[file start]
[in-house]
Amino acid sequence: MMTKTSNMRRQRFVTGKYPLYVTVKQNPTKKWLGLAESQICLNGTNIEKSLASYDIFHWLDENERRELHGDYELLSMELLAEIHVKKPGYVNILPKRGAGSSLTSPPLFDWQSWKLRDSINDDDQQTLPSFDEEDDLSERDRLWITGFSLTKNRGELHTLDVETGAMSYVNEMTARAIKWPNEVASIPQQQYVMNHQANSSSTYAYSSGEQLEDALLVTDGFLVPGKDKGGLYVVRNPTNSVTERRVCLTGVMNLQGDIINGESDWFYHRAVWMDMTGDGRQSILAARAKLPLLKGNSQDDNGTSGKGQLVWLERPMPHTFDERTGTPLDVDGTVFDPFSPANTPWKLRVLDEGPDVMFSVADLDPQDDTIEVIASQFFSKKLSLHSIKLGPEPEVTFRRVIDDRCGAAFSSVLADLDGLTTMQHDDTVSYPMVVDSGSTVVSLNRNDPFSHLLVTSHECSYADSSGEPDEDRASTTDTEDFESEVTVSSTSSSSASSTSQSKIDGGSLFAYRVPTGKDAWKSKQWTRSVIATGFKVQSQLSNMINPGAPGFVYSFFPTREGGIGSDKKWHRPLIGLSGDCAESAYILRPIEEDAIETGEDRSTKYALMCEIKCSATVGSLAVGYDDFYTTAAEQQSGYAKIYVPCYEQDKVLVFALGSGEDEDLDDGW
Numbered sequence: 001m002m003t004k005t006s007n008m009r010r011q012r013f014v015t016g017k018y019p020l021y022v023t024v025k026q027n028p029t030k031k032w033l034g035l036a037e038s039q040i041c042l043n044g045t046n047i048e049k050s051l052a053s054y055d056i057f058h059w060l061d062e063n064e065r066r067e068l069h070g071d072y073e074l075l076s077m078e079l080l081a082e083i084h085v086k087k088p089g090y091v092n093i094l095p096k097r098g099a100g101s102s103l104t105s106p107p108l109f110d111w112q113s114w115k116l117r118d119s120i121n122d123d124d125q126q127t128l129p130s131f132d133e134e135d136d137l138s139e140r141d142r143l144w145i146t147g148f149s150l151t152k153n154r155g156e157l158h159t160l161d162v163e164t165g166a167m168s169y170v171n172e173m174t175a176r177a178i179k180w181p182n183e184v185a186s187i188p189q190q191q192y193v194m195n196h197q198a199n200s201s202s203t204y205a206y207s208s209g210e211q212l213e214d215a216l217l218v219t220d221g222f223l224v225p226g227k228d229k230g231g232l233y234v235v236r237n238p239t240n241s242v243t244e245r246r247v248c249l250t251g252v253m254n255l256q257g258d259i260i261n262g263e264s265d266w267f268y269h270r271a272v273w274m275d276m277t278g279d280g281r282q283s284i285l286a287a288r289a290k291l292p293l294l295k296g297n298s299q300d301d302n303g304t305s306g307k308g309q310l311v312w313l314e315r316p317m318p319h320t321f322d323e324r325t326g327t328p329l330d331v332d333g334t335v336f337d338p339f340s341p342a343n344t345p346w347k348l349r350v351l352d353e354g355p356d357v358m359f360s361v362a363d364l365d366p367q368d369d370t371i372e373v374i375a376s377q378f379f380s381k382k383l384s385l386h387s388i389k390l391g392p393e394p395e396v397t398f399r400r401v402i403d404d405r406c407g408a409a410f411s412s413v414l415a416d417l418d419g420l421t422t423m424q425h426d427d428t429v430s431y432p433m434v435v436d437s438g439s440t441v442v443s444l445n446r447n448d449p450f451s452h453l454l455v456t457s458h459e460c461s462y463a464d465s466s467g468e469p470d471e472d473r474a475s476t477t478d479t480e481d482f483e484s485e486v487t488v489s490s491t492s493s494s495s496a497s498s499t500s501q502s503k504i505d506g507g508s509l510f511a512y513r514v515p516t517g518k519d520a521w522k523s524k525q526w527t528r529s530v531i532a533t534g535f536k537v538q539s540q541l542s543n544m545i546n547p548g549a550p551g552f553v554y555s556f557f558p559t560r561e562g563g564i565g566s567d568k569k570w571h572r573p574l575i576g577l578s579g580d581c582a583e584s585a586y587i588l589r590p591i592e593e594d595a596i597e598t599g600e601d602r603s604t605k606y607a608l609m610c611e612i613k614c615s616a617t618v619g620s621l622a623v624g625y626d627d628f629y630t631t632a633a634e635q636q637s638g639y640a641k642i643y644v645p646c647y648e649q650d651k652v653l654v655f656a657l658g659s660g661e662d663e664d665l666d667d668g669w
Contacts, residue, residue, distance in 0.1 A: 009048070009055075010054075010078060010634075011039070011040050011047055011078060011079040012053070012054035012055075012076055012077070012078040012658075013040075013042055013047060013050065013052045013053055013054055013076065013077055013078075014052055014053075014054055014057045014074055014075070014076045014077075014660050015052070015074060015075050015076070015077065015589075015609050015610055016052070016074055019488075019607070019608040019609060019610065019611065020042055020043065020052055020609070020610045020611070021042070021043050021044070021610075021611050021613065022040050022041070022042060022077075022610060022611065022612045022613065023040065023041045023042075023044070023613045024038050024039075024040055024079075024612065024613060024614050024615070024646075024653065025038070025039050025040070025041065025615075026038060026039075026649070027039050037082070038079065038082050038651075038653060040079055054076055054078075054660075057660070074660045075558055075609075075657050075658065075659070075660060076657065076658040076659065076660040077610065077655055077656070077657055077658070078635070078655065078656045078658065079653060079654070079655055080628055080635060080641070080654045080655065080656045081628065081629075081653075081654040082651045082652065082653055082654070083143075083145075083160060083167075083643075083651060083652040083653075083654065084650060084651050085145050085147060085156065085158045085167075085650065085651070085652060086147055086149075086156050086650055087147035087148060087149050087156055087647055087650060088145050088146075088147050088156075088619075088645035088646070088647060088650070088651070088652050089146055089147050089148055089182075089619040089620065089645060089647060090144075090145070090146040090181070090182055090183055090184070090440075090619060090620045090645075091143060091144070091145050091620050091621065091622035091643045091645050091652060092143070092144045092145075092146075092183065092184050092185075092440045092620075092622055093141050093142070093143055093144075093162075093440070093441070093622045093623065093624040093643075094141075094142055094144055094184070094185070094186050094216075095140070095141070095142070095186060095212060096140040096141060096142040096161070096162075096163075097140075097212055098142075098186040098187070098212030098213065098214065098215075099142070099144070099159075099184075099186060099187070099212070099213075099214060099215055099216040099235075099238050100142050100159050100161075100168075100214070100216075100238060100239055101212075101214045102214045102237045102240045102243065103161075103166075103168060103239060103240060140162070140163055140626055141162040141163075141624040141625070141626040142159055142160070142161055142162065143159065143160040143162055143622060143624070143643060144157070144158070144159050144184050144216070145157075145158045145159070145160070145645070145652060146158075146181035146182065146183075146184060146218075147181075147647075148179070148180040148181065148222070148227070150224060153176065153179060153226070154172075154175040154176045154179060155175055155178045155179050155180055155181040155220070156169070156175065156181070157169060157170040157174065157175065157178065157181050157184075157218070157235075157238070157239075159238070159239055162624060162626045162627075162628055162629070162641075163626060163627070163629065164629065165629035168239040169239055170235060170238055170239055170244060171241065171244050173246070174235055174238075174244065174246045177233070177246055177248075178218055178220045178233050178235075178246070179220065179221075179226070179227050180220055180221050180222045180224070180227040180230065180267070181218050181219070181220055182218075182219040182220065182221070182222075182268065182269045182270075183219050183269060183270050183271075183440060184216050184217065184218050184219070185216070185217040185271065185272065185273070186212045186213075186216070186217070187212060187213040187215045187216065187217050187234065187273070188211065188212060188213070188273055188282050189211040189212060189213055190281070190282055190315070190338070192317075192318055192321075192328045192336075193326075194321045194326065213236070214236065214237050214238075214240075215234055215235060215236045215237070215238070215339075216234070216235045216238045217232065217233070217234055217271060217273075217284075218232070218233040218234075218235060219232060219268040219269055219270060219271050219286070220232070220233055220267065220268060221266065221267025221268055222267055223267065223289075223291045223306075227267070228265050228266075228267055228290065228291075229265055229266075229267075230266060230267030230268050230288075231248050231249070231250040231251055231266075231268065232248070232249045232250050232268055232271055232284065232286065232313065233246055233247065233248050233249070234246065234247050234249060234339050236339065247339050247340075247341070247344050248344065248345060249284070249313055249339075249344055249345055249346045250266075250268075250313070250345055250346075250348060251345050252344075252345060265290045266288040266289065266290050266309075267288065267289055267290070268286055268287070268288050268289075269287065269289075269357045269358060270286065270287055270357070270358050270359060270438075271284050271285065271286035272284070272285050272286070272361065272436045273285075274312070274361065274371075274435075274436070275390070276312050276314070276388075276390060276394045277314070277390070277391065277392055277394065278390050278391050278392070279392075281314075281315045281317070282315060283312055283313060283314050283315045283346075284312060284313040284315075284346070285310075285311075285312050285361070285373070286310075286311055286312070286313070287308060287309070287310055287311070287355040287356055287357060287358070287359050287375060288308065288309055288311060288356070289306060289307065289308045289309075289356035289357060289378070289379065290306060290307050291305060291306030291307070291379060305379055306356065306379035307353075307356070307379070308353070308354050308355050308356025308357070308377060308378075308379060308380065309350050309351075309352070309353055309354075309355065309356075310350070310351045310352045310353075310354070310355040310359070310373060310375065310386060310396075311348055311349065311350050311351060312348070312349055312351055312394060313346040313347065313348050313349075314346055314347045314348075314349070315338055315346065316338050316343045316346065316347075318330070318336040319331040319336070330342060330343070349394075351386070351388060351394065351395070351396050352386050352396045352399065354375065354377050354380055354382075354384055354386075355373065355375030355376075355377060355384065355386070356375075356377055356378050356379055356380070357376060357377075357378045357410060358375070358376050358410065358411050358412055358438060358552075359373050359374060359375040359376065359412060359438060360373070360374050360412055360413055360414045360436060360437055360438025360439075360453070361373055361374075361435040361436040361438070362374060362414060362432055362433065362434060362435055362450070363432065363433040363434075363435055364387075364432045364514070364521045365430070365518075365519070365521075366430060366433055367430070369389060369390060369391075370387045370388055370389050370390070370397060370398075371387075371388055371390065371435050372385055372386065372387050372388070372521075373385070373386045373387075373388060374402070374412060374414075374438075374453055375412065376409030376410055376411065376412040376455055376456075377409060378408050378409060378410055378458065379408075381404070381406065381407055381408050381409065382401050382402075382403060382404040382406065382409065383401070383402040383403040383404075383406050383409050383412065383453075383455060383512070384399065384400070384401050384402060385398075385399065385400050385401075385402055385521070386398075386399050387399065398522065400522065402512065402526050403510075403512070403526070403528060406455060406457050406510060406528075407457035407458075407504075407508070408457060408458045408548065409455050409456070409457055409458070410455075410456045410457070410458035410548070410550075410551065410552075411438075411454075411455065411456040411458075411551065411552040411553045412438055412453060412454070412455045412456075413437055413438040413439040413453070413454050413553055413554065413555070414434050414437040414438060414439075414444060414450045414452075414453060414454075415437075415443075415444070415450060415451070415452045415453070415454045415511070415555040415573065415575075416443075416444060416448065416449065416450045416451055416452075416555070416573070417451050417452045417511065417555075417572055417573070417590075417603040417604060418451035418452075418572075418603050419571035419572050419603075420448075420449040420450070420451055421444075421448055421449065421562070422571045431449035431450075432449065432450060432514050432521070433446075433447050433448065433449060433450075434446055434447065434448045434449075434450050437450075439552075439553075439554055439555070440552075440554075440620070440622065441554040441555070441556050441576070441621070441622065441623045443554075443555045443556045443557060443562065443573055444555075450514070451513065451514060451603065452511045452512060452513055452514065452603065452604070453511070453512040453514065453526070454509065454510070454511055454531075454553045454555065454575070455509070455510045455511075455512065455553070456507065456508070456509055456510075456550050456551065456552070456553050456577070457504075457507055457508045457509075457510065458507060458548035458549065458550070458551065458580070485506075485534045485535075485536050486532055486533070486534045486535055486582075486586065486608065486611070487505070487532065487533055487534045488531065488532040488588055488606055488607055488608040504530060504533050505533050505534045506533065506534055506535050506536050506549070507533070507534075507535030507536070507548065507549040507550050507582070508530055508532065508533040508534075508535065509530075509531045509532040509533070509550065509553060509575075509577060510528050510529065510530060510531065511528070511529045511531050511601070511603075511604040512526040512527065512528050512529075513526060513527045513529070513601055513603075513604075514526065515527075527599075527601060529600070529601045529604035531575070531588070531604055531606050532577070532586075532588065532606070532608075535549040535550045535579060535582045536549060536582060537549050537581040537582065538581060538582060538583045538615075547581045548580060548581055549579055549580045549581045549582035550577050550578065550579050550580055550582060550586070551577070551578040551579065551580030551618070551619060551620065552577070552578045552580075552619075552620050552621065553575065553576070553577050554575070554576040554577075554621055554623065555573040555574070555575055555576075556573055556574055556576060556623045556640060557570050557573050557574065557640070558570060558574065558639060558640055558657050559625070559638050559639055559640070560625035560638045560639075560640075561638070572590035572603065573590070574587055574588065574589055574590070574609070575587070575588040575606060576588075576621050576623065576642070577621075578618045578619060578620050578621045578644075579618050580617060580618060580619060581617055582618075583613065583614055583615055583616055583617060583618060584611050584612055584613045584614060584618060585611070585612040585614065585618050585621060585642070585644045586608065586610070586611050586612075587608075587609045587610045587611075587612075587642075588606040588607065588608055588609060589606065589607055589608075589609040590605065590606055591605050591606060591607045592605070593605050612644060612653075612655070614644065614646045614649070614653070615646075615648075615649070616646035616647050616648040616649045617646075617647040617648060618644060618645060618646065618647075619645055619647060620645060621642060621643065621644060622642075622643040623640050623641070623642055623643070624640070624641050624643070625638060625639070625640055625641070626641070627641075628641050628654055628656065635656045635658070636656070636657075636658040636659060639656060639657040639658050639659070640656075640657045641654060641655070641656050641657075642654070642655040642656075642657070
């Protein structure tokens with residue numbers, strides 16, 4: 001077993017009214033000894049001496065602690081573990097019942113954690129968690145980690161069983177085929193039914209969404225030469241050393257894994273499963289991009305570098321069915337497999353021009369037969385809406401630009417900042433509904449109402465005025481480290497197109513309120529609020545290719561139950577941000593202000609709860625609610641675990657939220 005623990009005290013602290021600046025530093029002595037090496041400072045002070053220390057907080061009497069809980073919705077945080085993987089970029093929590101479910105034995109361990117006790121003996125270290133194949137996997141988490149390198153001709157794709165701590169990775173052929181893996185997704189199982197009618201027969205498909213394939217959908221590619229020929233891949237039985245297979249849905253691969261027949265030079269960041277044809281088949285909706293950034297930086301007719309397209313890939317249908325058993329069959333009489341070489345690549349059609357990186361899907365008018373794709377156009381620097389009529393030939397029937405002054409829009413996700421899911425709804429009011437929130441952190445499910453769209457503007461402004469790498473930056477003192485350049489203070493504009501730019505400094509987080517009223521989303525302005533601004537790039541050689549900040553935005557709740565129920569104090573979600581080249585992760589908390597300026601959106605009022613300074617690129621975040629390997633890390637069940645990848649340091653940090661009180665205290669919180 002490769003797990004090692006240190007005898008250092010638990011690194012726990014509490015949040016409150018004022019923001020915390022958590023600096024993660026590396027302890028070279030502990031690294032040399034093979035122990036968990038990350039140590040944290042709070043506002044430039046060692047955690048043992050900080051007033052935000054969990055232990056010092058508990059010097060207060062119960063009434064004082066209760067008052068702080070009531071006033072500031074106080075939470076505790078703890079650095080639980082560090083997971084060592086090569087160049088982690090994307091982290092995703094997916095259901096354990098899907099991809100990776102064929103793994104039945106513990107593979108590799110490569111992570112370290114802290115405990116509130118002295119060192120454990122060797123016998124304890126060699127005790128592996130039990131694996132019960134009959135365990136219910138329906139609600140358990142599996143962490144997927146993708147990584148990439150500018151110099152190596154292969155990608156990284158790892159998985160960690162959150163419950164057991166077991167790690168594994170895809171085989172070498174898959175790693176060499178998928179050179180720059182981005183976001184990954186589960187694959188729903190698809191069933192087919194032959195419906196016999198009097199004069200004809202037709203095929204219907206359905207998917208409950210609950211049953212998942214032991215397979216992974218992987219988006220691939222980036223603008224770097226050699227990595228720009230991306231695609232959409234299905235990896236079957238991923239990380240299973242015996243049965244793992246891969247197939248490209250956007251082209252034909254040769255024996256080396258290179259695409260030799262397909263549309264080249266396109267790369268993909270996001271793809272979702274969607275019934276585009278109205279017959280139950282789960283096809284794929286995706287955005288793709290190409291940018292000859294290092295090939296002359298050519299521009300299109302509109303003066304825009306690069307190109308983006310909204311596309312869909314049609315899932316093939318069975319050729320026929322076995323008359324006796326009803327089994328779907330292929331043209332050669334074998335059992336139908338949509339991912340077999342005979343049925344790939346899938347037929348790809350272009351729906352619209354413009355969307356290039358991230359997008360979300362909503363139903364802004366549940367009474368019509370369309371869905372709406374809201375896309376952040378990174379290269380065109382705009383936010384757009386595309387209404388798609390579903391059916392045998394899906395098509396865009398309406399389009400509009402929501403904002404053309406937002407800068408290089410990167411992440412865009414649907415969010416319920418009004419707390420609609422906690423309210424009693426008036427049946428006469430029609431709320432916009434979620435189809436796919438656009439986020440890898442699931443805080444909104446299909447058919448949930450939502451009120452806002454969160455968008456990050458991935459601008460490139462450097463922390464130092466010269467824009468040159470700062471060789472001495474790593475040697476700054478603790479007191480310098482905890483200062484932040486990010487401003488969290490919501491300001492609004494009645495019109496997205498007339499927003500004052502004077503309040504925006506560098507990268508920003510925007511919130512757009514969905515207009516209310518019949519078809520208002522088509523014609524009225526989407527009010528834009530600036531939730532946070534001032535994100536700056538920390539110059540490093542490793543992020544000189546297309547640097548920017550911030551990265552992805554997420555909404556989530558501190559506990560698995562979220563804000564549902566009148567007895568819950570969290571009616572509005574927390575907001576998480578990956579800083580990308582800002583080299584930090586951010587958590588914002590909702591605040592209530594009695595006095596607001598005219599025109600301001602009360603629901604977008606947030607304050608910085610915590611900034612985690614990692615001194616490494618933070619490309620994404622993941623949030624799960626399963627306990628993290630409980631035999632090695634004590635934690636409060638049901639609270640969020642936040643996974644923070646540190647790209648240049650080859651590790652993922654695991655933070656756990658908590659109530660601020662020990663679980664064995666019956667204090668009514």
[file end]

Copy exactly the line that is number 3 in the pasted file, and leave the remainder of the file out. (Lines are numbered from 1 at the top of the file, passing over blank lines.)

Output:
Numbered sequence: 001m002m003t004k005t006s007n008m009r010r011q012r013f014v015t016g017k018y019p020l021y022v023t024v025k026q027n028p029t030k031k032w033l034g035l036a037e038s039q040i041c042l043n044g045t046n047i048e049k050s051l052a053s054y055d056i057f058h059w060l061d062e063n064e065r066r067e068l069h070g071d072y073e074l075l076s077m078e079l080l081a082e083i084h085v086k087k088p089g090y091v092n093i094l095p096k097r098g099a100g101s102s103l104t105s106p107p108l109f110d111w112q113s114w115k116l117r118d119s120i121n122d123d124d125q126q127t128l129p130s131f132d133e134e135d136d137l138s139e140r141d142r143l144w145i146t147g148f149s150l151t152k153n154r155g156e157l158h159t160l161d162v163e164t165g166a167m168s169y170v171n172e173m174t175a176r177a178i179k180w181p182n183e184v185a186s187i188p189q190q191q192y193v194m195n196h197q198a199n200s201s202s203t204y205a206y207s208s209g210e211q212l213e214d215a216l217l218v219t220d221g222f223l224v225p226g227k228d229k230g231g232l233y234v235v236r237n238p239t240n241s242v243t244e245r246r247v248c249l250t251g252v253m254n255l256q257g258d259i260i261n262g263e264s265d266w267f268y269h270r271a272v273w274m275d276m277t278g279d280g281r282q283s284i285l286a287a288r289a290k291l292p293l294l295k296g297n298s299q300d301d302n303g304t305s306g307k308g309q310l311v312w313l314e315r316p317m318p319h320t321f322d323e324r325t326g327t328p329l330d331v332d333g334t335v336f337d338p339f340s341p342a343n344t345p346w347k348l349r350v351l352d353e354g355p356d357v358m359f360s361v362a363d364l365d366p367q368d369d370t371i372e373v374i375a376s377q378f379f380s381k382k383l384s385l386h387s388i389k390l391g392p393e394p395e396v397t398f399r400r401v402i403d404d405r406c407g408a409a410f411s412s413v414l415a416d417l418d419g420l421t422t423m424q425h426d427d428t429v430s431y432p433m434v435v436d437s438g439s440t441v442v443s444l445n446r447n448d449p450f451s452h453l454l455v456t457s458h459e460c461s462y463a464d465s466s467g468e469p470d471e472d473r474a475s476t477t478d479t480e481d482f483e484s485e486v487t488v489s490s491t492s493s494s495s496a497s498s499t500s501q502s503k504i505d506g507g508s509l510f511a512y513r514v515p516t517g518k519d520a521w522k523s524k525q526w527t528r529s530v531i532a533t534g535f536k537v538q539s540q541l542s543n544m545i546n547p548g549a550p551g552f553v554y555s556f557f558p559t560r561e562g563g564i565g566s567d568k569k570w571h572r573p574l575i576g577l578s579g580d581c582a583e584s585a586y587i588l589r590p591i592e593e594d595a596i597e598t599g600e601d602r603s604t605k606y607a608l609m610c611e612i613k614c615s616a617t618v619g620s621l622a623v624g625y626d627d628f629y630t631t632a633a634e635q636q637s638g639y640a641k642i643y644v645p646c647y648e649q650d651k652v653l654v655f656a657l658g659s660g661e662d663e664d665l666d667d668g669w